There is a lot of fuss about two new papers arguing, from mathematical models, that extreme downpours have become and will become more common in the northern hemisphere and specifically in Britain as a result of man-made climate change.
Let's ignore the fact that this looks awfully similar to the habit of blaming specific weather events on climate trends, something we `lukewarmers' (who think climate change is real but slow enough to adapt to through the foreseeable future) are reprimanded for doing when we point out that an especially cold winter or cool summer weakens the case for the alarming version of the theory. So now we can do that too, can we?
Let's ignore the fact that neither paper comes up with any actual evidence that greenhouse gases have caused more extreme downpours - other than circumstantial correlation. Their sole argument is that they cannot think of any other explanation for the increase in downpours. Or as the BBC puts it:
The researchers suggest there is nothing that can explain this trend except the slow steady increase in temperatures caused by greenhouse gas emissions.
I'm sorry but when I was a scientist correlation was not considered a proof of causation.
Let's ignore the fact that these are only two studies and that another recent study concluded the opposite. According the summary of this study by Anne Jolis in the Wall Street Journal,
In other words, researchers have yet to find evidence of more-extreme weather patterns over the period, contrary to what the models predict.
Let's ignore the fact that 2010-one of the hottest years in recent memory-saw the fewest tropical cyclones (including hurricanes) since 1970, and that the global cumulative energy in these cyclones was among the lowest , which is inconvenient, to say the least.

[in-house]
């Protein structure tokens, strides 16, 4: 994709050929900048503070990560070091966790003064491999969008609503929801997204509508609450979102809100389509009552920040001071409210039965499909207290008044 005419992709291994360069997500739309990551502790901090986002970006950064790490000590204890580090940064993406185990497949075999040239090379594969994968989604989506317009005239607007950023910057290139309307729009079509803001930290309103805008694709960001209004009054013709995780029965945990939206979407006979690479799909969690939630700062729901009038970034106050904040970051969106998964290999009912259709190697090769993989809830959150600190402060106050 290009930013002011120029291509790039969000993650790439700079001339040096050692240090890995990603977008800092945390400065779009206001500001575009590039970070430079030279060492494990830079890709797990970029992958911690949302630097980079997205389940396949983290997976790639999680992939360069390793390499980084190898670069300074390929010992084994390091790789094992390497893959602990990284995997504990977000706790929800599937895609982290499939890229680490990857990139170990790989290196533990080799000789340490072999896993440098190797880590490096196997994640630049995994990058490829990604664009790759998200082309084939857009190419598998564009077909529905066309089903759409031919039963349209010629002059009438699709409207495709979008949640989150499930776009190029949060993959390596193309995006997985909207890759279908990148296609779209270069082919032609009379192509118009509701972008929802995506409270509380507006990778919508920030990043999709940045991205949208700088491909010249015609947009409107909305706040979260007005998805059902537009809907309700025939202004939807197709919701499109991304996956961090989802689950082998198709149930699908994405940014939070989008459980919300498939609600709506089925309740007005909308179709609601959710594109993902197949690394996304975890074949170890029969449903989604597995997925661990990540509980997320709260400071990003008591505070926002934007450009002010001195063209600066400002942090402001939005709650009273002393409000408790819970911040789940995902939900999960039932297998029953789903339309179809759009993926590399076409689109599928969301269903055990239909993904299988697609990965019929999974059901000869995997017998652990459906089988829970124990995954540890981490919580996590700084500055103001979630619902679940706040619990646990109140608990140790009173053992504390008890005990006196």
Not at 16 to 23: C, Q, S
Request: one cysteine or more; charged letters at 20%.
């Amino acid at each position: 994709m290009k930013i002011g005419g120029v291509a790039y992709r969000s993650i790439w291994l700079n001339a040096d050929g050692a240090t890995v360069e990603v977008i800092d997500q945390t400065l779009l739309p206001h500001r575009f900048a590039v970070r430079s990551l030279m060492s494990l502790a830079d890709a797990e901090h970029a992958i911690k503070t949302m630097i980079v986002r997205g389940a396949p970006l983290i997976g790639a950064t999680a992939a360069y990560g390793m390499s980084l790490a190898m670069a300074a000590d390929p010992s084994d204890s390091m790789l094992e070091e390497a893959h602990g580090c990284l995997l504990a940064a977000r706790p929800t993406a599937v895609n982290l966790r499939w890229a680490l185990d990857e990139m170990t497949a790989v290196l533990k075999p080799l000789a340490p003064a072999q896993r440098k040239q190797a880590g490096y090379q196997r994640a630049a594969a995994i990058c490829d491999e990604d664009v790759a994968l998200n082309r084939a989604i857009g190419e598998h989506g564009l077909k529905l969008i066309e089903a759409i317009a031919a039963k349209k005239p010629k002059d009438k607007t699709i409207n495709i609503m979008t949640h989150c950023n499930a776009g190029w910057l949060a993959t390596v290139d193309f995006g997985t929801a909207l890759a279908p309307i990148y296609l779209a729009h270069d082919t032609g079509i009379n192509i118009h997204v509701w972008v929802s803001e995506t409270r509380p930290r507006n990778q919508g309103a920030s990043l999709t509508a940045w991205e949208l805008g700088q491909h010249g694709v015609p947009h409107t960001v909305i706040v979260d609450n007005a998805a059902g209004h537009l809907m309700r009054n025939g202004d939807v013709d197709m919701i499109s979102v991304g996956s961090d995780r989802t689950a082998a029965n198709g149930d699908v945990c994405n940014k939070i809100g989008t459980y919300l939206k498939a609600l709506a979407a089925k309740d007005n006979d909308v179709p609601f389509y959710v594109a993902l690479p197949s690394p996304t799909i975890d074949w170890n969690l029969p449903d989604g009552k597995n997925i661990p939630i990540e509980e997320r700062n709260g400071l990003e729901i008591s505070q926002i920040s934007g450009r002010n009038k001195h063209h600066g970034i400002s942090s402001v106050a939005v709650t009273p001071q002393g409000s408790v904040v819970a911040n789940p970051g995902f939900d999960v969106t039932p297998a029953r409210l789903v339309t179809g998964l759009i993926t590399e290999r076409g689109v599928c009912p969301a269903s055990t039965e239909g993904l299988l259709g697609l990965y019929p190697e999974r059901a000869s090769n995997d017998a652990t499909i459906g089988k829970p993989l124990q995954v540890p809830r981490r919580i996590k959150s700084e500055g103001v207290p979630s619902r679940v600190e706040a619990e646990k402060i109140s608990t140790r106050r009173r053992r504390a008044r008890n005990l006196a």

Let's instead assume these two papers are right, that there is an increase in extreme downpours and that it is caused by rising greenhouse gas emissions.
How lethal are downpours compared with, say, cold winters? We all agree that global warming will create fewer cold winters, right? And since more people die in cold weather than in hot weather, global warming will reduce deaths. Is that effect bigger or smaller than the extra deaths from downpours? Answer: much, much bigger.
Here are some numbers. The annual excess mortality in winter is over 100,000 in the US, 50,000 in Japan, 25,000 in Britain and even 23,000 in Spain. Just a 10% drop in those numbers and you are saving tens of thousands of lives, far more than die in floods.
By contrast, ask yourself how many people died as a result of excess precipitation in Britain in the wet autumn of the year 2000, the episode on which one of the above papers focuses. According to the BBC,
That autumn saw the highest rains in England and Wales since records began in 1766.
The Hampshire village of Hambledon was underwater for six weeks, and insurers put the final cost to the country at more than £1bn.
But, as far as we can make out, nobody died.
As it happens, the number of people dying from extreme weather events has gone down by 93% since the 1920s.
Was this because we controlled the weather? No. It was because we adapted to it. So even if extreme downpours do increase, death rates as a result of them will continue to decline so long as we continue to get more people access to roads, telephones, houses and information. It's like malaria: it retreated rapidly in the twentieth century despite rising temperatures, and it will retreat rapidly in the twenty-first century despite rising temperatures.
As the above figure shows, globally the average annual death toll from all extreme weather events is about 35,000. Compare this to the hundreds of thousands of excess winter deaths that occur annually. Perhaps we should try to control winter before we tackle climate change! Oddly enough, while we may not be able to control the weather, in the U.S., millions have done the next best thing-they have migrated from colder northeastern climes to the warmer southwestern states. This, according to a paper in MIT Press's Review of Economics and Statistics by econometricians Deschênes and Moretti, is responsible for 8%-15% of the total gains in life expectancy in the U.S. population from 1970 to 2000.
So even if it is true, the downpour argument does not even begin to help make the case for carbon mitigation policies.
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